For the majority of human history, psychologists, criminologists, law enforcement, and even doctors have wondered what makes one commit a violent crime, specifically murder. Their main objective is to answer the question-what makes a person have a murderous mind. The Merriam-Webster Dictionary defines murderous as “having the purpose or capability of murder” but it fails to define who has such purpose or capability. By that definition alone, one can conclude that anyone can have the potential of having a murderous mind. However, while scientists differ on what they believe to be the conditions that drive people to kill, they agree that these individuals belong to a subset of the human population that possess certain unique characteristics, making them capable of great violence against others. While the root of abnormal psychology has been debated among scientists for years, most research suggests that there are both biological and environmental factors that contribute to a person committing a violent, sometimes deadly crime.
To begin, there is a lot of data that suggests that the ability to commit violent crimes is linked to genetic information, brain chemistry and structure. For instance, consider the case of Dr. James Fallon, psychiatrist and professor of human behavior at the University of Southern California in Irvine. Not only is Dr. Fallon a neuroscientist, he is also a psychopath. The DSM-IV contains the characteristics and qualifications necessary to diagnose an individual with a personality disorder. According to the DSM -IV, it can be summarized that psychopaths have these five characteristics. Firstly, they are known to have an exaggerated sense of self-importance. In psychology, this is referred to as a sense of grandiosity. A person expressing grandiosity, “exaggerates achievements and talents, expects to be recognized as superior without commensurate achievements” (DSM-IV, 9). Secondly, psychopaths are unable to maintain meaningful relationships with others. They only associate themselves with people whom they believe to be beneficial in obtaining their goal. Thirdly, they need constant admiration and affirmation that they are special. Continually, these individuals have a sense of entitlement, stemming from their grandiosity. This often presents itself when psychopaths expect others to blindly do what they want. Lastly, and perhaps most importantly, people with personality disorders are defined by their total lack of empathy towards others. This is relevant where Dr. Fallon is concerned, because of the manner in which he discovered he was a psychopath. Dr. Fallon, was conducting an Alzheimer’s study, for which he collected brain scans of his family to represent “normal” brains (not affected by Alzheimer’s). When he looked at his own brain scan, he was shocked to find that his brain looked just like the brain images of serial killers and other psychopaths he had previously studied. So what did his brain scans look like and what do the brain scans of all psychopaths look like? Well, according to a recent study by Martina Ly, et al., psychopathic inmates whose brains were scanned showed to have thinner cerebral cortices in roughly six different regions in the brain, as opposed to non-psychopathic inmates (Haycock, 1243). Further, Fallon’s scans revealed that he had “metabolic sluggishness in the frontal lobes first observed in violent and murderous individuals,” (Haycock, 1479). Interestingly enough, Fallon’s mom later admitted to him that his family on his dad’s side had a long history of psychopathic tendencies dating back to Thomas Cornell, who murdered his mother and Lizzy Borden who infamously was suspected of murdering her parents. Sure enough, when Dr. Fallon to the psychopathy diagnostics test, he scored very high on the psychopathic scale. Dr. Fallon, however, identifies himself as a pro-life psychopath, admitting that while he has low empathy and antisocial behavior, he has no violent intentions against others.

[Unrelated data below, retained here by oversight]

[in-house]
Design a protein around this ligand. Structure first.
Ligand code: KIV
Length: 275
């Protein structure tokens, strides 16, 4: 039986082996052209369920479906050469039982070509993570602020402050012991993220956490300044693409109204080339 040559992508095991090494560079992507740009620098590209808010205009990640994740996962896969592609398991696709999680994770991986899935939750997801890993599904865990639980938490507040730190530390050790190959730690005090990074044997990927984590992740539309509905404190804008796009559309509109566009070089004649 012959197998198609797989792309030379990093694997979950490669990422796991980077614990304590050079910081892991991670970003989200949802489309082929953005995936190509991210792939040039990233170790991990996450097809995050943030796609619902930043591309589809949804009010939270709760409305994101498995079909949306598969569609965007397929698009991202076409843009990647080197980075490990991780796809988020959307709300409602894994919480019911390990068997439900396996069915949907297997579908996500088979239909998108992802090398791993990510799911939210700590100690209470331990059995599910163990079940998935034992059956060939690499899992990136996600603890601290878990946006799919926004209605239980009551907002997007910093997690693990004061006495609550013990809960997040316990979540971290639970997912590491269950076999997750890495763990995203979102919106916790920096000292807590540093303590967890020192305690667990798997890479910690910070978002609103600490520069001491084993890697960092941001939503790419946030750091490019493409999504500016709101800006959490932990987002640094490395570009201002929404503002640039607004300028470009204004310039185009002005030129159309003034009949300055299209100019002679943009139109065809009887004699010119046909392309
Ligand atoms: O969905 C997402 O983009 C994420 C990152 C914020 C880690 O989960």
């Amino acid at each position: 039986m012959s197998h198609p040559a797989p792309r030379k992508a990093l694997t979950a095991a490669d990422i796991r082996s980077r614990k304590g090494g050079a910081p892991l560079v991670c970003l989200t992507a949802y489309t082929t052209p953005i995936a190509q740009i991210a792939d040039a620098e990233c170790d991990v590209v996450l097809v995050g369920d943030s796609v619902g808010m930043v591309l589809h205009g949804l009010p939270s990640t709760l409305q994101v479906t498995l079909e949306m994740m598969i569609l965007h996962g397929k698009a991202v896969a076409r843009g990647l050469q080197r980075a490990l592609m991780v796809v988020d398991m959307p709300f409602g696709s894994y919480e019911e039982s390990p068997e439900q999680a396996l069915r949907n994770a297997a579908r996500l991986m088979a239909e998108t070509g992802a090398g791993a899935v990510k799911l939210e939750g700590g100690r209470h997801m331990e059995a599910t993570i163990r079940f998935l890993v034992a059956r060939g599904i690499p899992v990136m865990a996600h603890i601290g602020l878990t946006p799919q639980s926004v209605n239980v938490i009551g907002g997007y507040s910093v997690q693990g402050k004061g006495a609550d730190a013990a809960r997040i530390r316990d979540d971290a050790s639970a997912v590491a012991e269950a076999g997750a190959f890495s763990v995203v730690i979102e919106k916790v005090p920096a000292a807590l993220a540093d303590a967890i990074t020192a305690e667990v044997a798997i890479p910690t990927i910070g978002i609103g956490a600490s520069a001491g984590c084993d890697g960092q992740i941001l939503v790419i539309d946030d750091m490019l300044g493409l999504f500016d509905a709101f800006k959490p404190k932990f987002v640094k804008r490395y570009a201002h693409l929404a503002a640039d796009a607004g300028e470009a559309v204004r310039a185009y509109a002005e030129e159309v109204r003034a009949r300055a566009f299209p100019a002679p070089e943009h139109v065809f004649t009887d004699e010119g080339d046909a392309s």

Furthermore, one cannot discuss the biological factors of sociopathy, without discussing the Macdonald triad, also known as the “triad of evil”. Essentially, the Macdonald triad claims that if during childhood a child exhibits animal cruelty, fire setting and bed-wetting, that child will almost certainly go on to committing a homicide in adulthood (Ramsland). For the most part, this has proven to be true as almost all serial killers from John Wayne Gacy to Edmund Kemper, exhibited the Macdonald tried during their childhoods. In addition, children who experience frontal lobe damage through any variety of head injuries and who already showed one or more signs of the Macdonald triad, also grew up to be killers. Major support for biological factors being the primary source of a psychopathic brain, comes when discussing child killers such as Mary Bell. She is an English woman who at the age of ten killed a three year old and a four year old boy. Although Mary did experience absentee parenting, her behavioral changes are largely attributed to a fall she experienced, as a result of which she suffered damage to her prefrontal cortex. It was hard to believe that such a young girl was capable of such a heinous crime, but psychologists who interviewed her described her as having “classic symptoms of sociopathy” (All That’s Interesting, 29). It is interesting to note, that Mary Bell’s mom often complained about her daughter’s repeated bed-wetting. This serves as further proof of the Macdonald triad and the frontal lobe damage theories.